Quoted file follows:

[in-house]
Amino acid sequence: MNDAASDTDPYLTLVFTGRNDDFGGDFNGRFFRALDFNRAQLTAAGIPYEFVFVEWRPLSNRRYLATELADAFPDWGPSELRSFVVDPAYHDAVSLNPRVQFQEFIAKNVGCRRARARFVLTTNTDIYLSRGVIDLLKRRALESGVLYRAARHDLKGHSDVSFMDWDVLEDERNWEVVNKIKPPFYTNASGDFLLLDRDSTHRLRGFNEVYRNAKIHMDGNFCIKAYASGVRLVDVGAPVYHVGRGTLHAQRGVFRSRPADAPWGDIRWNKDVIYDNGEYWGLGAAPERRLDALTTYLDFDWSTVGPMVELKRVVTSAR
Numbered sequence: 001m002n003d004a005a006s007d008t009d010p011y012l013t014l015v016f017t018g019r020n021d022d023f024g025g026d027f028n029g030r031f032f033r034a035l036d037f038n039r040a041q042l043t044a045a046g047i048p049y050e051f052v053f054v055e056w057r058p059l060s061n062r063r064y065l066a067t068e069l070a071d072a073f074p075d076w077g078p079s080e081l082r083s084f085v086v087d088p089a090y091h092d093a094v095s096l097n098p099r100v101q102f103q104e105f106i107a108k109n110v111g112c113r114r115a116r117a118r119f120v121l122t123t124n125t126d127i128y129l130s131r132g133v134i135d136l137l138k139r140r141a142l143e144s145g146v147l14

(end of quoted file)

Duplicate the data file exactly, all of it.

[in-house]
Amino acid sequence: MNDAASDTDPYLTLVFTGRNDDFGGDFNGRFFRALDFNRAQLTAAGIPYEFVFVEWRPLSNRRYLATELADAFPDWGPSELRSFVVDPAYHDAVSLNPRVQFQEFIAKNVGCRRARARFVLTTNTDIYLSRGVIDLLKRRALESGVLYRAARHDLKGHSDVSFMDWDVLEDERNWEVVNKIKPPFYTNASGDFLLLDRDSTHRLRGFNEVYRNAKIHMDGNFCIKAYASGVRLVDVGAPVYHVGRGTLHAQRGVFRSRPADAPWGDIRWNKDVIYDNGEYWGLGAAPERRLDALTTYLDFDWSTVGPMVELKRVVTSAR
Numbered sequence: 001m002n003d004a005a006s007d008t009d010p011y012l013t014l015v016f017t018g019r020n021d022d023f024g025g026d027f028n029g030r031f032f033r034a035l036d037f038n039r040a041q042l043t044a045a046g047i048p049y050e051f052v053f054v055e056w057r058p059l060s061n062r063r064y065l066a067t068e069l070a071d072a073f074p075d076w077g078p079s080e081l082r083s084f085v086v087d088p089a090y091h092d093a094v095s096l097n098p099r100v101q102f103q104e105f106i107a108k109n110v111g112c113r114r115a116r117a118r119f120v121l122t123t124n125t126d127i128y129l130s131r132g133v134i135d136l137l138k139r140r141a142l143e144s145g146v147l14